An illegal immigrant has pleaded guilty in a Harris County court to murdering a woman in 2003 and leaving her body in wooded area in Tomball, but the victim’s family is upset about the sentence.
Joel Guadalupe Sanchez, 34, pleaded guilty in Judge Susan Brown’s courtroom Sept. 12, after a plea bargain was reached with Harris County prosecutors. Brown sentenced Sanchez to 10 years behind bars.
Tomball investigators were able to tie Sanchez to the murder of Sandra Williams last year, after a state DNA check received a hit from evidence entered by the Tomball Police Department.
Williams’s body was found by a witness who had been flying a remote control plane around the 900 block of Persimmon. The witness notified Tomball Police.
Williams’s body was savagely beaten and she was tied up. A sledgehammer with her blood was found nearby.
“The body was bound and it appeared there was trauma to the head,” Tomball detective Gary Hammond said. “We recovered DNA off the body.”
After forensic evidence was collected, Hammond tried to find out information about the victim and her connection to Tomball. He hit a brick wall.
“It was very difficult,” he said. “No one could give me a tie to the Tomball area.”
Hammond kept in touch with the victim’s mother Lula Washington and the victim’s daughter Crystal Williams, even as the case grew cold over the years. Both of the family members reside in North Carolina.
“I told (Washington) at the beginning that we would find the person responsible and she reminded me of that every time we talked,” Hammond said.
The case remained cold until 2010, when Hammond received a phone call that a prison inmate, who underwent required DNA testing, had come back as a match to DNA found at the crime scene. That inmate was Joel Sanchez.
Hammond then went to the prison unit where Sanchez was incarcerated and obtained a saliva sample. That DNA test also proved a match.
“He said he didn’t know (the victim),” Hammond recalled. “Saying you don’t know someone isn’t a plausible reason for why their DNA was found on the victims body.”
Another break came when the girlfriend of one of Williams acquaintances said that Sanchez came to their home looking for Williams.
“She said that (Sanchez) came by their house looking for Williams,” Hammond said. “He was really mad because she had taken his car and had not returned it.”
A connection to Tomball was established when Hammond learned that Sanchez had family that lived near the crime scene.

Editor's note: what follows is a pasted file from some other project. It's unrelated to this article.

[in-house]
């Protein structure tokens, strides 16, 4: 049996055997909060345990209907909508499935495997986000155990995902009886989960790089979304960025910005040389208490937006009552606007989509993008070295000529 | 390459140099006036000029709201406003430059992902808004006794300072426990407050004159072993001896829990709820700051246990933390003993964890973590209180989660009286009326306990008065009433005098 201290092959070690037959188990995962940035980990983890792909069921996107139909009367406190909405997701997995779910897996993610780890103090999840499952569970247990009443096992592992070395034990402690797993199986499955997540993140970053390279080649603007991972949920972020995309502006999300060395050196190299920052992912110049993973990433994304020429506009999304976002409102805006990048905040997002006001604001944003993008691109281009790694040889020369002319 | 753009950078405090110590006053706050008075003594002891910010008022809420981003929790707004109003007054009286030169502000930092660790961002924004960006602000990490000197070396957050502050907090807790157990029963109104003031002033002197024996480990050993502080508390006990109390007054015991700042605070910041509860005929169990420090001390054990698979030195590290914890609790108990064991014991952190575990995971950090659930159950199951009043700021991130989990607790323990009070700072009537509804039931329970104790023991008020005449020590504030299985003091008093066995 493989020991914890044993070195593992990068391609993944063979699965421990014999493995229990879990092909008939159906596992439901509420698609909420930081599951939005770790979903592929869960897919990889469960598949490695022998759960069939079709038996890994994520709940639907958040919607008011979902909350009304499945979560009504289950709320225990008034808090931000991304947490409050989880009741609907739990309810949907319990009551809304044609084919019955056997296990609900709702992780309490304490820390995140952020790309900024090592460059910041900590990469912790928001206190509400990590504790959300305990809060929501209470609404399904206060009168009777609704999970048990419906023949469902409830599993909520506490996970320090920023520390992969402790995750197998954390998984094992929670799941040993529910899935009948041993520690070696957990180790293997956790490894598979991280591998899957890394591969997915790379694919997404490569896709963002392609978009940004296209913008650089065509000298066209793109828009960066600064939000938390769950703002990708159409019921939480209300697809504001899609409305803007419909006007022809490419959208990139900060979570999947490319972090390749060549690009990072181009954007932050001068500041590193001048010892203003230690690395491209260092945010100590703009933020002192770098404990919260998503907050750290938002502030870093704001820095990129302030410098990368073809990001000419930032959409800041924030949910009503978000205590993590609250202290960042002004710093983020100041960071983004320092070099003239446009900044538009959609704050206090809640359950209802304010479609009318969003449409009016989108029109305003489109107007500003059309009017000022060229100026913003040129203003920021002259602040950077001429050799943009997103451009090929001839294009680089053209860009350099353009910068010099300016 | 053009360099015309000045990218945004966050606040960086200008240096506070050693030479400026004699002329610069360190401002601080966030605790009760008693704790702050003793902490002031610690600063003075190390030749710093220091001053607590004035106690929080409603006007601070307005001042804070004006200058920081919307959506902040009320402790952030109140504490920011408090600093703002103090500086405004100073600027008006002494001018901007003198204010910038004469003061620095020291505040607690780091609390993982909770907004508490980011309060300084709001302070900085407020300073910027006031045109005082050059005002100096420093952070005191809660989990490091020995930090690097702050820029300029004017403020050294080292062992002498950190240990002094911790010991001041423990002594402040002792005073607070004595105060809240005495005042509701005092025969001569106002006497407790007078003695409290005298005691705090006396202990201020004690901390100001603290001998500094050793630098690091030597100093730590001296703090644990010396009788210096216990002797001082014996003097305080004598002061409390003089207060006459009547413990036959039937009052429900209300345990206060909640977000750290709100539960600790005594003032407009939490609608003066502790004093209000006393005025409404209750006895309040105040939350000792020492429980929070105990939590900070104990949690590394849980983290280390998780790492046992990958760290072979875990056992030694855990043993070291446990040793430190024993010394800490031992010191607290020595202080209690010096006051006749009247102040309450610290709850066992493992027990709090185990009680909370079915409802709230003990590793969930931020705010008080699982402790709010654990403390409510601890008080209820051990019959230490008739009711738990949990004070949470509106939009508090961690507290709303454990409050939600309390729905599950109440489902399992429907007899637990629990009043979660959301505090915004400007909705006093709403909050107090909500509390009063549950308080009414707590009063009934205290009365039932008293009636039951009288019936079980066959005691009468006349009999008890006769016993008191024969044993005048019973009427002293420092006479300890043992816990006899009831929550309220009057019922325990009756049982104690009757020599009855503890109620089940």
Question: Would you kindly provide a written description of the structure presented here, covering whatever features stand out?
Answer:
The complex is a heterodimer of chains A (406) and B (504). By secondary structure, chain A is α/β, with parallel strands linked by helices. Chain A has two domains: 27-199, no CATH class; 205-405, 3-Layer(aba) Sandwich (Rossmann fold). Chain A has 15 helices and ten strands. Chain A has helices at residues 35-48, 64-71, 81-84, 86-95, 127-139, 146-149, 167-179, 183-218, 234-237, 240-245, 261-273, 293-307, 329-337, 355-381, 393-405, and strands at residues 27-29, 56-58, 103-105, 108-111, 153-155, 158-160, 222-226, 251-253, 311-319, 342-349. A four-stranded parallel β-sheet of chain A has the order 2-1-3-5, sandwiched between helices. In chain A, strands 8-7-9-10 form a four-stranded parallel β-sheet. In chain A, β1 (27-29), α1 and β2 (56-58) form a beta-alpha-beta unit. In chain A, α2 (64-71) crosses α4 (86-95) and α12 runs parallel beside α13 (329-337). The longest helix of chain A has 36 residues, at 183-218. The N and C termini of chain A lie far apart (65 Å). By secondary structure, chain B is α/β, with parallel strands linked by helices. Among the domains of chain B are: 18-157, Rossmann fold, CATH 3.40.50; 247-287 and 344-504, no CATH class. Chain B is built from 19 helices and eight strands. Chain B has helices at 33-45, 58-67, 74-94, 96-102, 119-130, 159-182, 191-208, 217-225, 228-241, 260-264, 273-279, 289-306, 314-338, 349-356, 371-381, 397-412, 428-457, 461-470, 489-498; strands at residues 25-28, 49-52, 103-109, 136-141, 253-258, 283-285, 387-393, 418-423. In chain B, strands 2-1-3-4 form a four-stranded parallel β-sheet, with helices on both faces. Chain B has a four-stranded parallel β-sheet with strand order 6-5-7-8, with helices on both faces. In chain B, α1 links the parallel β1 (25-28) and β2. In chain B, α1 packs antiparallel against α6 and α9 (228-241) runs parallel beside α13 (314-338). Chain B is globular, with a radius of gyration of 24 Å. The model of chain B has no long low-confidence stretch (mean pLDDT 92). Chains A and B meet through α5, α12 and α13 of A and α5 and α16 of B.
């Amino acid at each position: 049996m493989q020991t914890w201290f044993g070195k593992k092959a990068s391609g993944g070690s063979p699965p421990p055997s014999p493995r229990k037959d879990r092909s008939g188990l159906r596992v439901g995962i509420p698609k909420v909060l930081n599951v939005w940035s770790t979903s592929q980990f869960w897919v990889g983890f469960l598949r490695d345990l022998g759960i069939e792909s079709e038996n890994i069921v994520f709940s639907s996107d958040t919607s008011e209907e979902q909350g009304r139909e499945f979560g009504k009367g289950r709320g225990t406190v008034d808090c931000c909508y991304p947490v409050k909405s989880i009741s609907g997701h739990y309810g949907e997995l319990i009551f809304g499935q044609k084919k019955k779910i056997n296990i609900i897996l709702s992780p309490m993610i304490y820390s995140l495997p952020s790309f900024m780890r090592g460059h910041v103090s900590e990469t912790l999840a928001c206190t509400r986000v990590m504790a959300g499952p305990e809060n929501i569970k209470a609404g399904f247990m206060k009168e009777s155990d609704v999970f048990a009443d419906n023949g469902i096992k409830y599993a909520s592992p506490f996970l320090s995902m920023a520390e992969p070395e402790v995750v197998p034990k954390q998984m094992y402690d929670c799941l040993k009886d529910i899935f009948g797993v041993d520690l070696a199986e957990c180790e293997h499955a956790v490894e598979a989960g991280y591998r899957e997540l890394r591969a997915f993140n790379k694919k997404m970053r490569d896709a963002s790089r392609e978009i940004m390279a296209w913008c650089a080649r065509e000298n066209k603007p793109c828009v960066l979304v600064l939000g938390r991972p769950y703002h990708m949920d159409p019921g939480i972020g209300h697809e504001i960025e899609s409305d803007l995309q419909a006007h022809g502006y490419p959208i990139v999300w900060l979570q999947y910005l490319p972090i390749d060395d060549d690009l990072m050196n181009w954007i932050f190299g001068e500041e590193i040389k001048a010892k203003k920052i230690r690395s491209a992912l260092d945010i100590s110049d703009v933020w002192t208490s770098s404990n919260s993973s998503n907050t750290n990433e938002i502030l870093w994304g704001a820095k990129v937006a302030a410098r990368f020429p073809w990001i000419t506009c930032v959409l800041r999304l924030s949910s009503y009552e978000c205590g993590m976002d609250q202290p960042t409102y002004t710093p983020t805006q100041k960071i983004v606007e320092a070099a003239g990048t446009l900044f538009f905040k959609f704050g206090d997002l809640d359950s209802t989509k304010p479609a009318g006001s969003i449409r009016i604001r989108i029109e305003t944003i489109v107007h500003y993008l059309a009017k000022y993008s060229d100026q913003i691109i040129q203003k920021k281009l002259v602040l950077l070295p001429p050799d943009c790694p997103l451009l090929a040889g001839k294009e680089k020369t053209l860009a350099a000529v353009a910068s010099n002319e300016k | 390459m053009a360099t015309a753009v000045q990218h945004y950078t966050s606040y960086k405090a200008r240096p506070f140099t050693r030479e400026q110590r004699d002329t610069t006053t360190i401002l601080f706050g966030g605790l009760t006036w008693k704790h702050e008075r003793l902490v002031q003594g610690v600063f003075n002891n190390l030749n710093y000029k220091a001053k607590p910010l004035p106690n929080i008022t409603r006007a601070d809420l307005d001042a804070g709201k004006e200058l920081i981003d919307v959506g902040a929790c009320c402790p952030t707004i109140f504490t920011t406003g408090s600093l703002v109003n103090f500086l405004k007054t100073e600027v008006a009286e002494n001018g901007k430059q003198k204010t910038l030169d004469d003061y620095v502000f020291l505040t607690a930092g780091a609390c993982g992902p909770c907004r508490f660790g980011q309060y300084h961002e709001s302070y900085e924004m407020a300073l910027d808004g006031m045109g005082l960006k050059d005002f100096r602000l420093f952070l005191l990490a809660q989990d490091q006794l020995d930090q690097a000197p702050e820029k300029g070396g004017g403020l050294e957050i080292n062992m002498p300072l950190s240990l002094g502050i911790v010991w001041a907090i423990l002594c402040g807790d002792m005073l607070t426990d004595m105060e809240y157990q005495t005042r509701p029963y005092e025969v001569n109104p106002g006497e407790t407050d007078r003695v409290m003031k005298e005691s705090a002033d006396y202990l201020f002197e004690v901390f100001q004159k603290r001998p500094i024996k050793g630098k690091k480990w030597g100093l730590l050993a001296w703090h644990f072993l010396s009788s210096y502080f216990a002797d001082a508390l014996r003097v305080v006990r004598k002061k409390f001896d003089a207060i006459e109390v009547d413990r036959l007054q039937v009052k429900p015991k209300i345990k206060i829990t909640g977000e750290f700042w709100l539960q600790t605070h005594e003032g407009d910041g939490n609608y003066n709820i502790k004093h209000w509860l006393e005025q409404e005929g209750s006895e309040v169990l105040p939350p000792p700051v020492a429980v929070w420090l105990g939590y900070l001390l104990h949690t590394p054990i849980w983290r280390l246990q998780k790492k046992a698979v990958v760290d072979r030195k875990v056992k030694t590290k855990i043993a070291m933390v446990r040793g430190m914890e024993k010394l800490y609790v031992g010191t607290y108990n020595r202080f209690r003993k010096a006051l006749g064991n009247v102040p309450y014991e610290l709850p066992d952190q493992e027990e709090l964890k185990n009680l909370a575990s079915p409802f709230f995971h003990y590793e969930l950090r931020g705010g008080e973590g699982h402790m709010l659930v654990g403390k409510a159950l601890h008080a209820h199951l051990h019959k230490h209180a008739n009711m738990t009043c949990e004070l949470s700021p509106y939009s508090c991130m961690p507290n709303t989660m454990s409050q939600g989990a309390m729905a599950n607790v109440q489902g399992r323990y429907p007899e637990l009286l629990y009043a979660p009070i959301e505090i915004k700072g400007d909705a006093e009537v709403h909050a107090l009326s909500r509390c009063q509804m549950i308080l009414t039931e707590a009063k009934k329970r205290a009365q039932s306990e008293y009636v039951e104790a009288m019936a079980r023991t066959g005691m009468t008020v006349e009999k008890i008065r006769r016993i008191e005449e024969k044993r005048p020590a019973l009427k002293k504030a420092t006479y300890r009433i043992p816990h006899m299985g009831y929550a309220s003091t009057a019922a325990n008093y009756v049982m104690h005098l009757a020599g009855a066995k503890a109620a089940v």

That evidence was enough to pursue charges of murder against Sanchez last May.
Sanchez’ lawyer, Monica Gonzales, said the decision to plead guilty was his alone.
“He pled guilty,” Gonzales said. “The evidence against him was only circumstantial, but it was his choice to plead guilty.”
While Williams’ family is satisfied that their loved one’s killer was caught, they are upset with the Harris County District Attorney’s Office nonetheless.
“At least they got the person that did it,” Washington said. “I thought he should do more years though.”
Both Washington and Williams said no one from the district attorney’s office contacted them to ask about the plea bargain, or to tell them when a court date would be.
“I thought they would call because we planned to be there, but we didn’t hear anything from them,” Washington said. “The only way I found out is because Mr. Hammond called to tell us.”
“I want to know why he killed her,” she added. “Why did he do the things he did to her?”
Williams agreed with her grandmother.
“He didn’t just shoot my mom,” she said. “He brutally murdered her and gets 10 years? It’s not right. They knew that I kept up with the case all these years and they never contacted me.”
She blames the system for several cracks, including that Sanchez is an illegal immigrant.
“This dude --- this illegal immigrant --- he’s a terrorist too,” she said. “He came here, killed a United States citizen and he will be out by the time I’m 35.”
The district attorney’s office did not return repeated calls for comment before press time.
“I would like to know how he knew my mom and why he did what he did,” Williams said. “My mom has three grandchildren she will never meet.”